And there's not a lot when you get there, bar some decent fish and chips.
 

Mcr Warrior

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Bradford Forster Square is somewhat anonymous for a City Centre terminus.

Of the London terminals, London Marylebone and London Fenchurch Street both seem a tad functional.
 

yorksrob

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Littlehampton has three routes focused on it, but seems quite pedestrian.
 

Right Away

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Weymouth gets my vote to. Have they even bothered to reopen the toilets they closed a couple of years ago?
Still closed. To add to the gloom, the shop on the station has also closed down (Chew Choo which was located in the former travel centre) although there are several convenience stores immediately outside of the station. Although the location means the seafront can be reached in a couple of minutes, the drab 1980s replacement station with heavily rationalised layout is an anticlimax. The station throat before the platforms in now just a single line. It is hard to imagine that the Jubilee Retail Park and the car parks were once operational railway land.
 

swt_passenger

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I’m not sure it entirely fits your definition, but the GC services heading Northbound would seem to end in totally uninspiring fashion by becoming quite slow, circuitous and stopping frequently on lines that are fairly secondary and obscure in places.
Well, if they didn’t do that they would never have been permitted to run in the first place...
 

urbophile

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Bradford Forster Square is somewhat anonymous for a City Centre terminus.

Of the London terminals, London Marylebone and London Fenchurch Street both seem a tad functional.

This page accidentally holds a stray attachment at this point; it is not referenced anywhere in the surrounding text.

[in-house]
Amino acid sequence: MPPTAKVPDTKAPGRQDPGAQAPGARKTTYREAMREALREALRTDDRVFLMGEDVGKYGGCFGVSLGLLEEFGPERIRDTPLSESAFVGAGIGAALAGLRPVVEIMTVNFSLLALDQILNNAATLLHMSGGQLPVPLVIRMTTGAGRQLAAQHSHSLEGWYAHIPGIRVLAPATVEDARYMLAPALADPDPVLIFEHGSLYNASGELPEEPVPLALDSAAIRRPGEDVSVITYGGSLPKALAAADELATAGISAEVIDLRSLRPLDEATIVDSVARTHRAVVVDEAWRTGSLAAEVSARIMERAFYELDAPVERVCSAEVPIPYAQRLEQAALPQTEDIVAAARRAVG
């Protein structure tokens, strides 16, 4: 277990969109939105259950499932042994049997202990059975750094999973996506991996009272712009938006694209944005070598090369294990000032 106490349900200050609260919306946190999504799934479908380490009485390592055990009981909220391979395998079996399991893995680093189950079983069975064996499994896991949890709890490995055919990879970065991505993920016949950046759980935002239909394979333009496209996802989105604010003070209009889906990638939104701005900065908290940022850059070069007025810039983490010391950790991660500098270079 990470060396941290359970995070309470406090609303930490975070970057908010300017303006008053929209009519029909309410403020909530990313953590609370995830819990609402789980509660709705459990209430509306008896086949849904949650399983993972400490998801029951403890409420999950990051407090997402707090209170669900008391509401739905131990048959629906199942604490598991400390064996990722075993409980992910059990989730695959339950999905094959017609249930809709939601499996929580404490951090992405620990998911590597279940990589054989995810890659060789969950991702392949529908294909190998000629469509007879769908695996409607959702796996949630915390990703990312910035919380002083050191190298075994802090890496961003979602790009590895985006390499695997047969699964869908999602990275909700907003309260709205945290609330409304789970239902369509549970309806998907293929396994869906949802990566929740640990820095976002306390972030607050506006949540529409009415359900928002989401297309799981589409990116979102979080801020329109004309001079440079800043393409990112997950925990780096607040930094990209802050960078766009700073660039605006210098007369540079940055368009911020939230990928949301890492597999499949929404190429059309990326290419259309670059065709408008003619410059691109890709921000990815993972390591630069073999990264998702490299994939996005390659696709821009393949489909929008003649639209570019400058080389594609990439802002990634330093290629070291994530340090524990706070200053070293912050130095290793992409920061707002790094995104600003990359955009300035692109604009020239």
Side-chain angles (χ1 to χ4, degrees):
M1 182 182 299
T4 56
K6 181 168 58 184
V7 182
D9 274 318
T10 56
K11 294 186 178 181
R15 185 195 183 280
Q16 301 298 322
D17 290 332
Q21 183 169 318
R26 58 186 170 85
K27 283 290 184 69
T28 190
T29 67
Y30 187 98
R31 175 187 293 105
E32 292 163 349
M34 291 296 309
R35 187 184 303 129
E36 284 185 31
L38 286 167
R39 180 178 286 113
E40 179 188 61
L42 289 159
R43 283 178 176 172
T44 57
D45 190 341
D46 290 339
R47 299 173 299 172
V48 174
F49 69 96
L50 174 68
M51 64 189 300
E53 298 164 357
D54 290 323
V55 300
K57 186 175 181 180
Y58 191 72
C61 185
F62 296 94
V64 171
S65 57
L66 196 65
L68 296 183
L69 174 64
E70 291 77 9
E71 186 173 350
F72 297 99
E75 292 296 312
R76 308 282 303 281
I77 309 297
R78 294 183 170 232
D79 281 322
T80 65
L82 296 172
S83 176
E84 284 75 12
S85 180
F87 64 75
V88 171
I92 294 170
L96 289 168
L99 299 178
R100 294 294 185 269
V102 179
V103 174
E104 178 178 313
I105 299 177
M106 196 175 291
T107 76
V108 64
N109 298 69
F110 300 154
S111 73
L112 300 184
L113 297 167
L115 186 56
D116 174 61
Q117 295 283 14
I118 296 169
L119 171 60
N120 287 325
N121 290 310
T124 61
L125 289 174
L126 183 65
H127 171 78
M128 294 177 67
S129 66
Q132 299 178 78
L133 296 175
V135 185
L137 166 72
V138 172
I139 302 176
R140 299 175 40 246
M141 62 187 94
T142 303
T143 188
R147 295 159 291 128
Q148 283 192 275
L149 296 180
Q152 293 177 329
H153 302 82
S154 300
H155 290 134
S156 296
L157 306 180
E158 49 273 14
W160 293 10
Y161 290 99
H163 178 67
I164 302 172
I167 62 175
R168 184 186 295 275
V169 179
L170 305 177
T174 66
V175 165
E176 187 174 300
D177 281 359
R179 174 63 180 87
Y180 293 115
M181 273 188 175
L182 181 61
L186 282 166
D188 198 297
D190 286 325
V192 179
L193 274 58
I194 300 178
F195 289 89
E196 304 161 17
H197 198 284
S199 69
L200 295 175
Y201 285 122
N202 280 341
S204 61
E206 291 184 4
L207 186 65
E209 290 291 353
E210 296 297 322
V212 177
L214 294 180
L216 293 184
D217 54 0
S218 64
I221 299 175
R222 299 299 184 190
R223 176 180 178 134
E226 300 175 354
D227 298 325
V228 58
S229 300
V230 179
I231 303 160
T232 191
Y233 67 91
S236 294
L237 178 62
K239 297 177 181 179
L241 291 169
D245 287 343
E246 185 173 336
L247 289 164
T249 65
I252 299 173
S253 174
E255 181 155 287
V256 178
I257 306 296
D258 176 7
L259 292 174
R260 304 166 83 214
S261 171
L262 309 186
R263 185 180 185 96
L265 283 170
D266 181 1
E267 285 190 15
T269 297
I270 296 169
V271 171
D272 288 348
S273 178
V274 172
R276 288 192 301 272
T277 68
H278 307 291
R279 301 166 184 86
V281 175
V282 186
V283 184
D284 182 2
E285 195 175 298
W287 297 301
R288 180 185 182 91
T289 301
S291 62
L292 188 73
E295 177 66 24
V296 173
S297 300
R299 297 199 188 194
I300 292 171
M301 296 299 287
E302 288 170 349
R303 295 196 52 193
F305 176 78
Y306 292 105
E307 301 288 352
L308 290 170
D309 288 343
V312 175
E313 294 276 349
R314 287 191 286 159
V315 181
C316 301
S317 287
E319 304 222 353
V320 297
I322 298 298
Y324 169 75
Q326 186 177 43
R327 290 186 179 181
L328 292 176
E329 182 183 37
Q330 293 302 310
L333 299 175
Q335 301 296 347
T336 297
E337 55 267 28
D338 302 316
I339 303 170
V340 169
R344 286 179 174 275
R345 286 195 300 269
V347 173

I agree about Bradford. But Marylebone is a gem. Admittedly a small one by the standards of London termini, but then the line it serves is hardly a major one. I've never been inside Fenchurch Street so I can't comment, except to say that I love the façade.
 

southern442

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Always found Ramsgate to be a pretty uninspiring station.
Of the Kent Coast stations I think Margate is perhaps the nicest 'main' one. Ramsgate does have a feel of an important railway hub though, but Dover Priory could certainly do with some work, as it sort of just feels like an intermediate stopping point.

Still closed. To add to the gloom, the shop on the station has also closed down (Chew Choo which was located in the former travel centre) although there are several convenience stores immediately outside of the station. Although the location means the seafront can be reached in a couple of minutes, the drab 1980s replacement station with heavily rationalised layout is an anticlimax. The station throat before the platforms in now just a single line. It is hard to imagine that the Jubilee Retail Park and the car parks were once operational railway land.
I have also thought this about Weymouth, especially if you contrast with other main-line ends nearby such as Exeter or Brighton (even Portsmouth & Southsea and Portsmouth Harbour feel a little bit more important). However the atmosphere is pleasant on a sunny day.
 
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I'd say Barnstaple is a bit of a disappointing one. It's a nice journey down the line from Exeter, but the railway station is between a main road, a supermarket and a dull retail park, and is over the river from the actual (and rather nice) town of Barnstaple.
 
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Passing Pokesdown and the cutting just before Bournemouth station are both very drab and gloomy.
 

ChiefPlanner

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I hate to say it - but though the station is nice - the area around Swansea High Street is really awful. Decline since the 1970's when the "center of gravity" moved away towards the coast , and what is left is truly grim.